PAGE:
Pittsburgh synagogue shooting suspect appears in court
Our live coverage of suspected gunman Robert Bowers' court appearance has ended. Scroll through the posts below to see how it unfolded or read more about it here.
US Attorney Scott Brady made a brief statement after the synagogue shooting suspect's court appearance today.
Brady said suspect Robert Bowers will remain in custody without bond. His next court appearance is set for Thursday.
"Our investigation of these hate crimes continues," Brady said. "Our thoughts and prayers continue to be with the victim's families and with the community. And rest assured, we have a team of prosecutors working hard to ensure that justice is done."
Synagogue shooting suspect Robert Bowers just had an initial hearing.
Bowers entered the courtroom with what appeared to look like bandages on his leg. He looked straight ahead and didn’t appear to look into the courtroom gallery.
After his handcuffs were removed, Bowers took a few minutes to read and sign documents.
When asked by Judge Robert C. Mitchell if he was the defendant, Bowers said, “Yes, I am.”
A public defender representing Bowers waived a reading of the criminal complaints against him, and waived any issues concerning bail.
Bowers will remain in custody without bail until his preliminary hearing, which is scheduled at 10 a.m. ET Thursday.
Robert Bowers, the suspected gunman behind the synagogue shooting that killed 11 people, has entered federal court in Pennsylvania in a wheelchair for his initial hearing.
Bowers is wearing a blue shirt and in handcuffs. Court staff removed the handcuffs briefly so he could sign paperwork, and they re-handcuffed him afterward.
Bowers faces 29 federal charges, some of which could be punishable by death.
Federal prosecutors filed a “request for detention” Monday for Pittsburgh shooting suspect Robert Bowers Monday, according to court documents obtained by CNN.
According to the court documents, Bowers could be be a flight risk and a danger to the community. The court documents also cite the serious risk that he will “obstruct or attempt to obstruct justice, or threaten, injure, intimidate or attempt to threaten, injure, or intimidate, a prospective witness or juror."
Bowers, 46, of suburban Baldwin, surrendered to authorities after Saturday morning's shooting at the Tree of Life synagogue. He made anti-Semitic statements during the shooting and targeted Jews on social media, according to a federal law enforcement official.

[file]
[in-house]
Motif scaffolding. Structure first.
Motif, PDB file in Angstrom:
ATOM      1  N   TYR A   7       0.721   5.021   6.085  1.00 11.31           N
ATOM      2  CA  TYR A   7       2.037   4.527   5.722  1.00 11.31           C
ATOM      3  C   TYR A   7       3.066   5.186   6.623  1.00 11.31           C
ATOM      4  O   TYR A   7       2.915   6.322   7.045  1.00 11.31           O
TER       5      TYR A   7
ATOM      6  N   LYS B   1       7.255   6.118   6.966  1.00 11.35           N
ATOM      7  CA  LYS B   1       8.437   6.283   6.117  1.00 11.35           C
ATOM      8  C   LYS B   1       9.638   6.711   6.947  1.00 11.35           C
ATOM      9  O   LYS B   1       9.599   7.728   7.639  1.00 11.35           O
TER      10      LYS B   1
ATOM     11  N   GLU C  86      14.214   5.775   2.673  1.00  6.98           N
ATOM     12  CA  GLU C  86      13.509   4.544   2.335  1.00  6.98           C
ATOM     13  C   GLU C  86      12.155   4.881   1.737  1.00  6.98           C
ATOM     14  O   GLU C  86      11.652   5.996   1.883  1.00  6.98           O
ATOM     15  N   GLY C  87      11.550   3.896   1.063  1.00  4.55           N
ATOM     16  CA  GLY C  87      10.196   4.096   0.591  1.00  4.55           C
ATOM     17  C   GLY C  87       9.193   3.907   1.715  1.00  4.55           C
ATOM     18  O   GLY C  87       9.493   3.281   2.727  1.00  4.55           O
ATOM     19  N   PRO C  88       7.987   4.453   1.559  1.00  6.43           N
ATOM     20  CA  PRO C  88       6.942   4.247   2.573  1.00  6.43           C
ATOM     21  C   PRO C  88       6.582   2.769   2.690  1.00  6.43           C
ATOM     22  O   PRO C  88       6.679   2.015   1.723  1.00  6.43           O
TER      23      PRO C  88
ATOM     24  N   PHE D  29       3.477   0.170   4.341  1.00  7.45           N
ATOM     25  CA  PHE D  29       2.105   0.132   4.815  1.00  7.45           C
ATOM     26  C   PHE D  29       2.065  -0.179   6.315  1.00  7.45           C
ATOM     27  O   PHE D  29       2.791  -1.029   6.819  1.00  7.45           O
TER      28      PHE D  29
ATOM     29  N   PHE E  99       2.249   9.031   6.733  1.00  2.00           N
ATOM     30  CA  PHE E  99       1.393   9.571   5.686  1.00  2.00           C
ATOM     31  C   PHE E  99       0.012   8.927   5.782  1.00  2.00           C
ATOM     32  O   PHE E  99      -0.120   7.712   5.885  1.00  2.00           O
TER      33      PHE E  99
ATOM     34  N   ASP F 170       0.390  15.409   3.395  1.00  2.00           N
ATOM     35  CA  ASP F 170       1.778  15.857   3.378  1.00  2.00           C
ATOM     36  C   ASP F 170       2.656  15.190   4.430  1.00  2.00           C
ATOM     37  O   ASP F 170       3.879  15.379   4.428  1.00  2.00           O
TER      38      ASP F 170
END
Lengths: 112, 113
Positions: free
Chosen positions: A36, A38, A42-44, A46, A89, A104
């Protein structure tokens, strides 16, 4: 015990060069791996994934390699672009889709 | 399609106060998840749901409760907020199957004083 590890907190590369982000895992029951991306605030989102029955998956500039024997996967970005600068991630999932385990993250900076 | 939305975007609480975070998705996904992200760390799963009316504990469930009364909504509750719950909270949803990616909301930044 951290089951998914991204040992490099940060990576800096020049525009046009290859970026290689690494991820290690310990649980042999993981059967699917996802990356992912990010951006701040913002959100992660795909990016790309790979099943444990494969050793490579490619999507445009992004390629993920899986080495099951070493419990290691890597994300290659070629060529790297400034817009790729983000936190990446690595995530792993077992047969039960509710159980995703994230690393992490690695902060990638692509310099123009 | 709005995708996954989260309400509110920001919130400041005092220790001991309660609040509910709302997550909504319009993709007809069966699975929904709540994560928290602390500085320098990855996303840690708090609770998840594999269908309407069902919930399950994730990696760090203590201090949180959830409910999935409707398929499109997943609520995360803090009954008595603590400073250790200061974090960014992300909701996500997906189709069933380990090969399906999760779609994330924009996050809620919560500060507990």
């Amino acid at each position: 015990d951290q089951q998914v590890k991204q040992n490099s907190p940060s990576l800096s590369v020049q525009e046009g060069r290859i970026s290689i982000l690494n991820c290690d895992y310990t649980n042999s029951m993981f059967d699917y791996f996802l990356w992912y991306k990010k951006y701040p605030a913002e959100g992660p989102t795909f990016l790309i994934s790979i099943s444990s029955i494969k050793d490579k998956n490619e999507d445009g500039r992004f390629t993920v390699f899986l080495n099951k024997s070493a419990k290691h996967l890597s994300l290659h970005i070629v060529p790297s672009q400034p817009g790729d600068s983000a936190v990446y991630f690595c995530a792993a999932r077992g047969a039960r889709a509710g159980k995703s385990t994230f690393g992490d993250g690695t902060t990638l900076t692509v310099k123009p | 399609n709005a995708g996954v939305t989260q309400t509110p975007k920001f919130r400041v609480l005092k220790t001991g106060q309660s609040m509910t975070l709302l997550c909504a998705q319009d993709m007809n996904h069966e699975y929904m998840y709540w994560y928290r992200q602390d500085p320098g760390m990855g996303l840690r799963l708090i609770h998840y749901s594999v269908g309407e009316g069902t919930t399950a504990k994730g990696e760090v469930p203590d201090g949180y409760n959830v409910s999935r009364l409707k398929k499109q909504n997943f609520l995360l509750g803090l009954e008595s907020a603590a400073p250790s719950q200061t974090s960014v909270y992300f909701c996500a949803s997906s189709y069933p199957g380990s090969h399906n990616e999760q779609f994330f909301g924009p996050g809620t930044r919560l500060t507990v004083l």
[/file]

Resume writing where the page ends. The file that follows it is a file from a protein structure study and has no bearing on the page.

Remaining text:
Bowers faces 29 charges in a rampage that left the historic Jewish neighborhood of Squirrel Hill and the rest of the nation stunned.
The US attorney based in Pittsburgh has started the process to seek the death penalty for the man accused of killing 11 worshippers at a synagogue Saturday in the Squirrel Hill neighborhood of the city.
US Attorney General Jeff Sessions must ultimately give the OK for pursuing the death penalty against the alleged gunman, Robert Bowers, the Justice Department said. The attack was the deadliest against Jews in US history.
"At this point in our investigation, we're treating it as a hate crime," Scott Brady, the US attorney for the Western District of Pennsylvania, said Sunday.
When asked if the shooting could be considered an instance of domestic terrorism, Brady said there would need to be evidence the suspect tried to propagate a particular ideology through violence.
Shooting suspect Robert Bowers is accused of opening fire at Tree of Life synagogue.
He is expected to appear make his first court appearance in Pittsburgh at 1:30 p.m. ET Monday.
Bowers, 46, of Baldwin, was taken into custody after a shootout with police and was treated at Allegheny General Hospital in Pittsburgh. Bowers was released at 9:45 a.m. on Monday morning, a spokeswoman for Allegheny Health Network said.
Bowers faces 29 federal charges, some of which are punishable by death. Included among them are 11 counts of using a firearm to commit murder and multiple counts of two hate crimes: obstruction of exercise of religious beliefs resulting in death and obstruction of exercise of religious beliefs resulting in bodily injury to a public safety officer.
"They're committing genocide to my people," Bowers told police during the shooting, according to an FBI affidavit. "I just want to kill Jews."
He has also been charged with 11 state offenses, including attempted homicide and aggravated assault.
Bowers could face the death penalty if he is convicted of a hate crime.